Triaging work items

In some cases, the submitter of a work item contacts the developer who is responsible for the functional area and assigns the work item to that developer. However, the submitter can also leave the work item unassigned. In that case, a member of the team area that is associated with the work item category must triage the work item.

About this task

Triaging is the process of analyzing work items to add them to an iteration, assign ownership to them, and set their priority.

Procedure

  1. Run a query that retrieves work items that are submitted but not assigned to a specific owner. In the Work Items view, double-click an entry in the results grid to open it.
  2. Verify that the project area, displayed in the Team Area field, is set correctly. If the work item belongs to a different project area, perform the next steps:
    1. Click the Move/Copy to different Project Area button.
      Note: To access attachments in a work item that is copied to a different project area, users must have permissions to access the project area that contains the source work item.
    2. In the Choose Target Project Area window, select the correct project area and specify that you want to copy the work item or move the work item to the selected project area. If you want to copy the work item, you can resolve the original work item as a duplicate. If you want to move the work item, you can specify that all attachments should be moved with it.
    3. Click Next. If there are any issues, such as attribute values that do not match between the source project area and the target project area, they are listed with the corresponding action that will be taken. For example, if the work item's Planned For value was set to 1.0 in the source project and the target project does not offer 1.0 as a Planned For value, then the Planned For attribute is set to a default value in the target project, and that field must be manually set after the work item is copied or moved.
    4. Click Finish.
  3. Verify that the Filed Against field is set correctly. If the work item belongs to a different category, change the value in the Filed Against field. If you are not a member of the team that is associated with the new category, click Save to save the change. Otherwise, continue.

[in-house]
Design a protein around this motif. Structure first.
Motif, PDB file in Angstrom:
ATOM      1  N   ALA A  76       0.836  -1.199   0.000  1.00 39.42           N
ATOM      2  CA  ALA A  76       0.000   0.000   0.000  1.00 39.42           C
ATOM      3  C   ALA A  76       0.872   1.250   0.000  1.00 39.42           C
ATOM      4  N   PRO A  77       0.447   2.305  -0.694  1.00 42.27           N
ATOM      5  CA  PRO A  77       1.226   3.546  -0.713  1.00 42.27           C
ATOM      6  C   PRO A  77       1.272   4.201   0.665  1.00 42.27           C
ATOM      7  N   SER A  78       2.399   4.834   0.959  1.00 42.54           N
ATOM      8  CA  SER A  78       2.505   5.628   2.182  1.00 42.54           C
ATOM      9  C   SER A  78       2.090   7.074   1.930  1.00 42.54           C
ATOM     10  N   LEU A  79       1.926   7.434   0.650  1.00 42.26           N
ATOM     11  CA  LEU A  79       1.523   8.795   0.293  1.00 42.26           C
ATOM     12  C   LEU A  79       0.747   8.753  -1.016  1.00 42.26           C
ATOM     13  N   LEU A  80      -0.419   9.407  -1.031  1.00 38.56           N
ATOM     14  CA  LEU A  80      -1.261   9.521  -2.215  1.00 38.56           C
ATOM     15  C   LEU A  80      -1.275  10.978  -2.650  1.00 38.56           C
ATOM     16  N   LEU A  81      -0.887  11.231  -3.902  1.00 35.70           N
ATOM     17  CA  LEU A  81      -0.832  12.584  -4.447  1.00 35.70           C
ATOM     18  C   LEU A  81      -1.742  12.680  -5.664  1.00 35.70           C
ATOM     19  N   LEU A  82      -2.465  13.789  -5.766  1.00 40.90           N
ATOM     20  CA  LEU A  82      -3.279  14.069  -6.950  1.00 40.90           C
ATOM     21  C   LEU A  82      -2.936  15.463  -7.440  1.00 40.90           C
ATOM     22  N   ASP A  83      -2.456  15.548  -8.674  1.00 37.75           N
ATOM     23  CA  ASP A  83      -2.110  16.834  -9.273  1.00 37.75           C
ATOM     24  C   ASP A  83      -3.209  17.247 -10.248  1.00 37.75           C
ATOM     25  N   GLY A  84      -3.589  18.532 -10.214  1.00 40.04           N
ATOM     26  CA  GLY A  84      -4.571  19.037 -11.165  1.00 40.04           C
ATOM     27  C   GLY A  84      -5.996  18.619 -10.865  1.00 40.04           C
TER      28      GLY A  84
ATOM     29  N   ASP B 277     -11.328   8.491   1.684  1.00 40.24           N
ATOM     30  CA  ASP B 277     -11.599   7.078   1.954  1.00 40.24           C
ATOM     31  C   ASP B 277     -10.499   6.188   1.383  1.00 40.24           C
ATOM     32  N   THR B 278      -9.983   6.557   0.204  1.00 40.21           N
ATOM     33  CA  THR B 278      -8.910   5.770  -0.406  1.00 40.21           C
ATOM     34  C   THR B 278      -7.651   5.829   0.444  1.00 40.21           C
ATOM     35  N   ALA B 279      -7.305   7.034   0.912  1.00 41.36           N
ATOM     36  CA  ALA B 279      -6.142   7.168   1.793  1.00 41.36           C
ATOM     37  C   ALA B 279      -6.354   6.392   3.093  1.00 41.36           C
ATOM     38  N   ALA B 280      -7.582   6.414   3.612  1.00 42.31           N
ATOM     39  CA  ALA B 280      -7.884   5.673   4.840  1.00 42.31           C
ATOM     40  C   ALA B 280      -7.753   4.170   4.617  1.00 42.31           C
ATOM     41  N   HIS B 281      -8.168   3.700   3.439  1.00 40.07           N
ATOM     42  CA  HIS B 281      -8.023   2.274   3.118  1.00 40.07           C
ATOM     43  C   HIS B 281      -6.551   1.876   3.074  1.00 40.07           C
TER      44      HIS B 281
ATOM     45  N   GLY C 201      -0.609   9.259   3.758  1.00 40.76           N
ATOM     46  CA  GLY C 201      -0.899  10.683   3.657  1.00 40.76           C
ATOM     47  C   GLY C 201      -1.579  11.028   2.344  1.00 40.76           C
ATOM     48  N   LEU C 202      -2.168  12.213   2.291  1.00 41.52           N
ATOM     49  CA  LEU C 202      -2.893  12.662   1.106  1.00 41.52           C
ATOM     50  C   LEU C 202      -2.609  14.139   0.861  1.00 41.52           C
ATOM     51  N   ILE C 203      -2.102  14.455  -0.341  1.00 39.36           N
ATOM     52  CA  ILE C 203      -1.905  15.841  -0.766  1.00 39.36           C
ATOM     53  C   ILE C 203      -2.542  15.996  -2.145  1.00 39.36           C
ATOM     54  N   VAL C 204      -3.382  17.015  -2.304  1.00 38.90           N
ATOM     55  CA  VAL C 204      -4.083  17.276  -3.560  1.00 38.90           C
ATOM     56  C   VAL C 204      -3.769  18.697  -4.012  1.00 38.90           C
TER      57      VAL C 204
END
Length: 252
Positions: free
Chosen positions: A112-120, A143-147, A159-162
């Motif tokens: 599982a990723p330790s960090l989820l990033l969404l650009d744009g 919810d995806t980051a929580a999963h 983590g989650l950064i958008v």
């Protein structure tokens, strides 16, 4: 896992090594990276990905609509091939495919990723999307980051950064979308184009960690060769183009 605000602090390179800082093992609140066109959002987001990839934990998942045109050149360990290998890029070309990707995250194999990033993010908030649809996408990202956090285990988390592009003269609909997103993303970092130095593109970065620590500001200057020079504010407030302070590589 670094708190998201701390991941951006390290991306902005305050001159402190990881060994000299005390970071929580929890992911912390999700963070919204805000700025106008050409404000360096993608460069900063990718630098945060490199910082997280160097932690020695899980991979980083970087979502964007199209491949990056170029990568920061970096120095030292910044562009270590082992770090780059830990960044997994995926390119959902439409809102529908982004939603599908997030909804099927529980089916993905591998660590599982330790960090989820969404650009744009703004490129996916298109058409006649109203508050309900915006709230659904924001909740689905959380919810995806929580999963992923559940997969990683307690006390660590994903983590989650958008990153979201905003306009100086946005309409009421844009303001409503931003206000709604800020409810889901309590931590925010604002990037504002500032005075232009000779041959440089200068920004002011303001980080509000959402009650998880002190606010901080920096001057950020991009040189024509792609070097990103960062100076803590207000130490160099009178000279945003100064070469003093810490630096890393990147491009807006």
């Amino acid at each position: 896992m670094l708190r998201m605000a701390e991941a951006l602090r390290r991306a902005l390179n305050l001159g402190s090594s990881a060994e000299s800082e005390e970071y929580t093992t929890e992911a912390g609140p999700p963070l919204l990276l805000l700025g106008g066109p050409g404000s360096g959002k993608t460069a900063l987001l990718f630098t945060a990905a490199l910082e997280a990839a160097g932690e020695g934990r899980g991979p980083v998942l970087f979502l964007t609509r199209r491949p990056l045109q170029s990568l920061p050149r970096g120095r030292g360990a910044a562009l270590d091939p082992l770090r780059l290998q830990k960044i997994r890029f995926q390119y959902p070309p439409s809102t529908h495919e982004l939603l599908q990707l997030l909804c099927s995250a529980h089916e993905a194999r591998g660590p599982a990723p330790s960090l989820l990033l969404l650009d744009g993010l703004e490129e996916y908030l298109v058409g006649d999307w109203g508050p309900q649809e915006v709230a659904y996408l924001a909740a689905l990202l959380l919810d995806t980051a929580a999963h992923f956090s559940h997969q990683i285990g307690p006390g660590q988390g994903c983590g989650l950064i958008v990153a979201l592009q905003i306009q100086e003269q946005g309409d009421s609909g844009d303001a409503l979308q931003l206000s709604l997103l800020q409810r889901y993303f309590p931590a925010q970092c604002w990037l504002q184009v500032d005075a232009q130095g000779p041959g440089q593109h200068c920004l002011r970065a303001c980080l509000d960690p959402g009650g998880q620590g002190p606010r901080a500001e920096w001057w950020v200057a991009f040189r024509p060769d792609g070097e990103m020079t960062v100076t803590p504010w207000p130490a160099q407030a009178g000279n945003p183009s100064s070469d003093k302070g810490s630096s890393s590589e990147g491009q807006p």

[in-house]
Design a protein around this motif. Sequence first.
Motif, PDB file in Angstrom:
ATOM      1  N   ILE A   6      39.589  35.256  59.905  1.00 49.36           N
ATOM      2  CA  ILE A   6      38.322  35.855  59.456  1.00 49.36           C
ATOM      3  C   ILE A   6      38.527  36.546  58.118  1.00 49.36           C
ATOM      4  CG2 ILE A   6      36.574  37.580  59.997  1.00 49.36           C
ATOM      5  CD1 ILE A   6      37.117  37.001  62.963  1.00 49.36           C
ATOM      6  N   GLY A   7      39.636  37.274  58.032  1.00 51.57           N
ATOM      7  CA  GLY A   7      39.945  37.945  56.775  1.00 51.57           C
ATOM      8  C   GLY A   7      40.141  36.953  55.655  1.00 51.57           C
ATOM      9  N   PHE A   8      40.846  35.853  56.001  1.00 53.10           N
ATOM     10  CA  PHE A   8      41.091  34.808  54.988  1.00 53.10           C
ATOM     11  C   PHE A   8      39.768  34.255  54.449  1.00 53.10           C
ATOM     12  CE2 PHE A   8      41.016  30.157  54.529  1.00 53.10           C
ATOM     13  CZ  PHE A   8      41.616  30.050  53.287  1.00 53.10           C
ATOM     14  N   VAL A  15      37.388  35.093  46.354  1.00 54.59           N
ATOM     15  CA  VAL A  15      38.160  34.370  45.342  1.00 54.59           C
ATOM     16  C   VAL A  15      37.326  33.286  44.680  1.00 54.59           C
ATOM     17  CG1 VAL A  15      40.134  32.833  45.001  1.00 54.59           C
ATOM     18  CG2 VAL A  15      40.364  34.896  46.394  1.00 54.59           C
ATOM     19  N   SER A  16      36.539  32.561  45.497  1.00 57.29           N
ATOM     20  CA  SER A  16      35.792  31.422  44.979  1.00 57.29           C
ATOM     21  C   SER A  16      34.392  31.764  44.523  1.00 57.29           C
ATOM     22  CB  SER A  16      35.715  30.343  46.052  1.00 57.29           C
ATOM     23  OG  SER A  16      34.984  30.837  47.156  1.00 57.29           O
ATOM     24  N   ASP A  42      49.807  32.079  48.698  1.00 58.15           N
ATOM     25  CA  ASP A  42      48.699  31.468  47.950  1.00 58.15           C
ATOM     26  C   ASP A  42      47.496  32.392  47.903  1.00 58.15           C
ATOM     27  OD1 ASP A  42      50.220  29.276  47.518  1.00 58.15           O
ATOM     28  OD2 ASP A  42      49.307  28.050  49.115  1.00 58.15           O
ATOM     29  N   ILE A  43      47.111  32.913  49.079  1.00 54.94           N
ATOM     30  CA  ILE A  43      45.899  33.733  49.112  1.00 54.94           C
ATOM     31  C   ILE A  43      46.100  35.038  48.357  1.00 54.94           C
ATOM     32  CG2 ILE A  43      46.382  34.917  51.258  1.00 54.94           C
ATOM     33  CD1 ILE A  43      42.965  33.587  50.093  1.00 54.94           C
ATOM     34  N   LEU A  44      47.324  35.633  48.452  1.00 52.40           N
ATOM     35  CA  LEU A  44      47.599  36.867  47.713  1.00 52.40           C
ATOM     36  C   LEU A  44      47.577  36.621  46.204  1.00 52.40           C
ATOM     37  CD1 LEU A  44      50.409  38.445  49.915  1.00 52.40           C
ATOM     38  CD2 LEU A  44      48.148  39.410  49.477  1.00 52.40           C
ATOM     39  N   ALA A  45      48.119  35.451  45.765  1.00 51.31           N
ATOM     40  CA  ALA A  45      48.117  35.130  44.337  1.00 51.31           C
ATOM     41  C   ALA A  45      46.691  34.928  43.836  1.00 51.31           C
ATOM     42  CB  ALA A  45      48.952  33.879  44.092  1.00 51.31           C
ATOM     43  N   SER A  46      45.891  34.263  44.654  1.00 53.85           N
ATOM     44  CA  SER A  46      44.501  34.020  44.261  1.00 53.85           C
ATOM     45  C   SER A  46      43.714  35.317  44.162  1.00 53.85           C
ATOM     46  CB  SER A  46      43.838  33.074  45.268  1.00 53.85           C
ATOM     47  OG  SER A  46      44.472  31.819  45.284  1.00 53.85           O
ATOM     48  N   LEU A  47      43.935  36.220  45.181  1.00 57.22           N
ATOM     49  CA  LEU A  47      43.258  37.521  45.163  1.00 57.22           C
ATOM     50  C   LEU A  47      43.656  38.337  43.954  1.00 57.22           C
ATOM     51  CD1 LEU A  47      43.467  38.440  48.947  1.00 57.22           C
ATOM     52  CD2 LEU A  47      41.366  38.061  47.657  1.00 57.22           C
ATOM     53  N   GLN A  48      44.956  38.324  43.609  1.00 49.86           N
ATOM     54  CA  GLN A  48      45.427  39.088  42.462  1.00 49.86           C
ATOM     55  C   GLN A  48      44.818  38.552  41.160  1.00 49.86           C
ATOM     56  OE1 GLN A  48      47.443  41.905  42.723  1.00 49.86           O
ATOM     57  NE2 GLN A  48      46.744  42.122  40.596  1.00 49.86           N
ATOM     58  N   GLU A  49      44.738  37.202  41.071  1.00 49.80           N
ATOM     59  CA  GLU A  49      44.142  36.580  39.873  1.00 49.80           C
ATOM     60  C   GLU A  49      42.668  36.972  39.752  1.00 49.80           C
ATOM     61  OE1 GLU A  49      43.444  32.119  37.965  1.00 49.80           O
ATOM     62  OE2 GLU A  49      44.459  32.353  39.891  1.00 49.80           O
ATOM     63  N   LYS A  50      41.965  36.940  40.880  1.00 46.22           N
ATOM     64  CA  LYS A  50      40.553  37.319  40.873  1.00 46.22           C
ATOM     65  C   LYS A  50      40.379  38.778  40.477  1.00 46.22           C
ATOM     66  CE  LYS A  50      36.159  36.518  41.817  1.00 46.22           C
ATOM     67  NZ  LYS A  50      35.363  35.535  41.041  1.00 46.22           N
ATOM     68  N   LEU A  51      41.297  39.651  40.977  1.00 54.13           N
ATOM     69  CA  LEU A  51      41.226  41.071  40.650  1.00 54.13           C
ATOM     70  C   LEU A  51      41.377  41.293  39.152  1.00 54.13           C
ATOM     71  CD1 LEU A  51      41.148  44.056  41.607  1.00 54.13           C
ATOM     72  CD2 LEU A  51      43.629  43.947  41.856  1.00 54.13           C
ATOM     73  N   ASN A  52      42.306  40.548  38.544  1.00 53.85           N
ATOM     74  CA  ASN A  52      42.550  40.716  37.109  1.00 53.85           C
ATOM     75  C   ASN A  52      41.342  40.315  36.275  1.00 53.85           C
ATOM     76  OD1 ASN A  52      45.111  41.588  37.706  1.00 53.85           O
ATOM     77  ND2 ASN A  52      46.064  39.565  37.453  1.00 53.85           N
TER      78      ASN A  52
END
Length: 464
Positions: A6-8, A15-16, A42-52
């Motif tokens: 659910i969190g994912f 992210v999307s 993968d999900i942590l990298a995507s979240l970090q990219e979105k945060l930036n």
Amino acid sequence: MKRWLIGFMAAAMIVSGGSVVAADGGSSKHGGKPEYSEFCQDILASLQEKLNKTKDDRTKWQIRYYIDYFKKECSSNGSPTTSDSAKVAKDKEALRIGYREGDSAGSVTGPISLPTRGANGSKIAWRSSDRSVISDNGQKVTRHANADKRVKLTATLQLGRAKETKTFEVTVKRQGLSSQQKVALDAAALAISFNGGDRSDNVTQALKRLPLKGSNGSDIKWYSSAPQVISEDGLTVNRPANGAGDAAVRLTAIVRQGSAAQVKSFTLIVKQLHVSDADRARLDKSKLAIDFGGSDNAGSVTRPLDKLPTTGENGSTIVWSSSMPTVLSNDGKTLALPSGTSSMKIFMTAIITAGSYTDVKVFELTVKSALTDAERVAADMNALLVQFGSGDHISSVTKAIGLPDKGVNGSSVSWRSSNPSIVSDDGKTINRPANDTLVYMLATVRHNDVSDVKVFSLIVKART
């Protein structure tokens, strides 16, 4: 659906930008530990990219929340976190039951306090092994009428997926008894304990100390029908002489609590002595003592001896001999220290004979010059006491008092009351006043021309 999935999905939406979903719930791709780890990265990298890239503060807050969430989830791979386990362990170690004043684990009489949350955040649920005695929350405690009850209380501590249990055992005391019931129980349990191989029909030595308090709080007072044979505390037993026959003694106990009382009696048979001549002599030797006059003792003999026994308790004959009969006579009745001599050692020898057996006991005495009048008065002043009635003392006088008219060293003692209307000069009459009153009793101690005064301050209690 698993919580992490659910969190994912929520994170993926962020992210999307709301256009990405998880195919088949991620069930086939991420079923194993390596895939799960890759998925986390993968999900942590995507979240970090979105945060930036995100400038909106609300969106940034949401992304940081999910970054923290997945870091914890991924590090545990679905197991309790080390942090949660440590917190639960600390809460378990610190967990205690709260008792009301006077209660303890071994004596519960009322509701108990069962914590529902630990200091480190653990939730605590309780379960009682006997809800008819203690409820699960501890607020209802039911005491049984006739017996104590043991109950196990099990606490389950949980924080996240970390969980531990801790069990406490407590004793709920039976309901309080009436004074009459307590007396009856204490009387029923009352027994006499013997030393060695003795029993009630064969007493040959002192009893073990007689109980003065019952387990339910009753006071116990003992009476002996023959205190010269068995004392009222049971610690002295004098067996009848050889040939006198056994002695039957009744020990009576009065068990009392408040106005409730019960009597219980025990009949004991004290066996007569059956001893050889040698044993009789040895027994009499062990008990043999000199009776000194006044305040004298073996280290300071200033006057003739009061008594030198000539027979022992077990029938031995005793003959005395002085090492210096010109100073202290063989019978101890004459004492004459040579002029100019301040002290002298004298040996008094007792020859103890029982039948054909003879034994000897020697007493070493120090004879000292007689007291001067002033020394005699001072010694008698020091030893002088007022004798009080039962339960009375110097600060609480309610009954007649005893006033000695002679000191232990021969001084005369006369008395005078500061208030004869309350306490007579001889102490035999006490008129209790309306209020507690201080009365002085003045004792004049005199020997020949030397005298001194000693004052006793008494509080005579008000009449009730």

4. Click the Find Potential Duplicates icon to see whether another work item is submitted about the same issue. If a duplicate work item exists, click the Links tab of one of the work items. From the Add list in the Links section, select either Duplicate Of or Duplicated By, and find and link to the other work item. Set the state of one of the work items to Resolved, and set its resolution to Duplicate.
    Tip: For default workflows only, if you add a Duplicate Of link to a defect work item and save the work item, the state of that work item is changed to Resolved and its resolution is changed to Duplicate. If you add a Duplicated By link, the state and resolution fields of the target work item are changed to Resolved and Duplicated By, respectively.
  5. The Owned By list contains all members of the team area that is associated with the work item category. Select an owner from that list or click More at the bottom of the list to search for a member of another team.
  6. Optional: Select a priority level. The priority level identifies the importance of the work item from the perspective of the team that owns the work item.
  7. Optional: Set the value in the Planned For field to a planned iteration for resolving the work item, and enter a value in the Due Date field.
  8. To add a comment, in the Discussion section, click Add Comment, and enter your text.
  9. An approval is a request for other users to review, approve, or verify the work that is done to resolve the work item. To add an approval:
    1. Click the Approvals tab.
    2. Click New: Approval, select the type of approval, and specify the due date.
    3. Specify the user or users who are responsible to approve the resolution by clicking Add Approver. You might want to create different approval types for different users. For example, you might want to have a lead developer review the owner's proposed resolution, and a test engineer validate the delivered fix.

      You can also use approvals to remind team members to perform a common task. For example, you might create a work item for developers to update the copyright year in their files. Add each developer as an approver to the work item. When they finish changing their files, each developer changes the state for their approval to Approved.

  10. Click Save to save your changes.

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